I was on the edge of my seat hanging onto his every word. Landry Ninteretse, a climate activist from Burundi, was speaking in front of hundreds at the United Nations Climate Negotiations in Durban, South Africa at 350.org's African Youth Voices event last month. I closed my eyes, trying to send him the message, "Your feelings Landry, share your feelings." Landry is one of the 400 people that I worked with over the past two months through a public speaking and storytelling workshop that my boyfriend, Julian Mocine-McQueen, and I run through a project called the Million Person Project. The Million Person Project is an international project about love, globalizing relationships and supporting change-makers who are working to protect the environment.
Landry wrapped up his talk: great visuals, good story flow but very little emotion. Our storytelling workshop is designed to work with change-makers around the world to support them to become better public speakers and better organizers. It's developed out of the belief that if someone wants to change the planet they have to be able to be an effective communicator and be willing to inspire people with their story. A key part to being able to inspire comes from the willingness to share personal history, feelings and emotions about the path that has brought someone to do the work they do.
Landry smiled as we walked down the hall after the event. "I know, I know, Heather I need more practice. I'll be back tomorrow." Landry attended three workshops over the course of the two week climate negotiations and the last time he shared his story in front of the group, I had tears in my eyes. Landry's story is an incredible story of perseverance, commitment, dedication and love, love for his family, love for his country and love for the earth.
He remembers, when he was young his father used to take him for nature walks and bird watching in beautiful valleys of southern Burundi. Landry remembers running in the fields with packs of children in the rural north of Burundi where his grandfather lived. It was the time of his life when he felt the most freedom. He thought of those times often when he sat cooped up in his home in Gitega during the brutal political unrest that Burundi faced throughout the 1990s and early 2000s. He felt he had nowhere to go, but into his memories. When the conflict ended and he was able to return to his grandfather's village, the place that he had held so dear, it looked very different through his young adult eyes. He recalls a conversation that he says he will never forget. He and his uncle were sitting in front of his grandfather's house and his uncle told him about the changes of climate resulting in loss of harvests, hunger, poverty and the lack of clean drinking water. Landry thought back to his friends and neighbors in Gitega and Bujumbura, so many had fled the country. They had gone in search for a more peaceful life and for education in North America or Europe. He knew that was an option for him, but sitting there with his uncle that day he committed himself to Burundi. He paused and said, "I could go find a better life for myself, but what would that mean if my family and my people were in Burundi struggling to survive? Nothing, I am Burundian, and I am committed to the betterment of my country, my people and the world."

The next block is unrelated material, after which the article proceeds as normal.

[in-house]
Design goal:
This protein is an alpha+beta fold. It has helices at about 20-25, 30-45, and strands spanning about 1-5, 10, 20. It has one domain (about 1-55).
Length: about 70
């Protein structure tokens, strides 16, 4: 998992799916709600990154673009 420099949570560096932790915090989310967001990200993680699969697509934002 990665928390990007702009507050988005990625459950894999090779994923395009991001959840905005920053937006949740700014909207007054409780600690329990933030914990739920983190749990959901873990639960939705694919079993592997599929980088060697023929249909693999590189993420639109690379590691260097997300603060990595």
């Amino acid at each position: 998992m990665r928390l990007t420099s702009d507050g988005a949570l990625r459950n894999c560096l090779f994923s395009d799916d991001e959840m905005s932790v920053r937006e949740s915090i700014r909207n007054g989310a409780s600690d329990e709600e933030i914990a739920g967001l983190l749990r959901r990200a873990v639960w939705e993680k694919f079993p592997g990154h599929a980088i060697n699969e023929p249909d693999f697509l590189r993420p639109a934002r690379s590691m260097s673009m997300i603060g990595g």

The group broke out in applause. I have been doing this training for weeks, with people from all over the world, but for some reason as I looked around at people's faces in the room as they clapped for Landry I felt this overwhelming, almost panicky, sense of understanding, like there was something universal in the room. Like there was something universal in what fueled each person to clap their hands together. It just felt like if our hands can clap like that, our hearts can all beat like that, and our stories can resonate with such magnitude then maybe we do have a chance at global understanding. It felt audacious for me to feel that way but as I looked around the room I couldn't help it. There were organizers representing 12 African countries, 3 European countries and an organizer from Indonesia, Canada and the United States. As each person, one after another, got up to share their story I could only imagine what would be if everyone in the world could sit in a room like this and listen to dramatically different stories and hear that common root in each person's story. That root of each person's love, their personal determination and desire to be heard and understood.
At the beginning of each workshop we start off by sharing a few quotes. One is by Ben Okri, a Nigerian poet and author, "Stories can conquer fear, you know. They can make the heart larger." I thought of that quote a lot that evening after that workshop. As I walked down the crowded South African street back to the United Nations Climate Conference I knew one thing for sure, that workshop made my heart larger, made me more excited than ever to be doing this work and more hopeful for our world.
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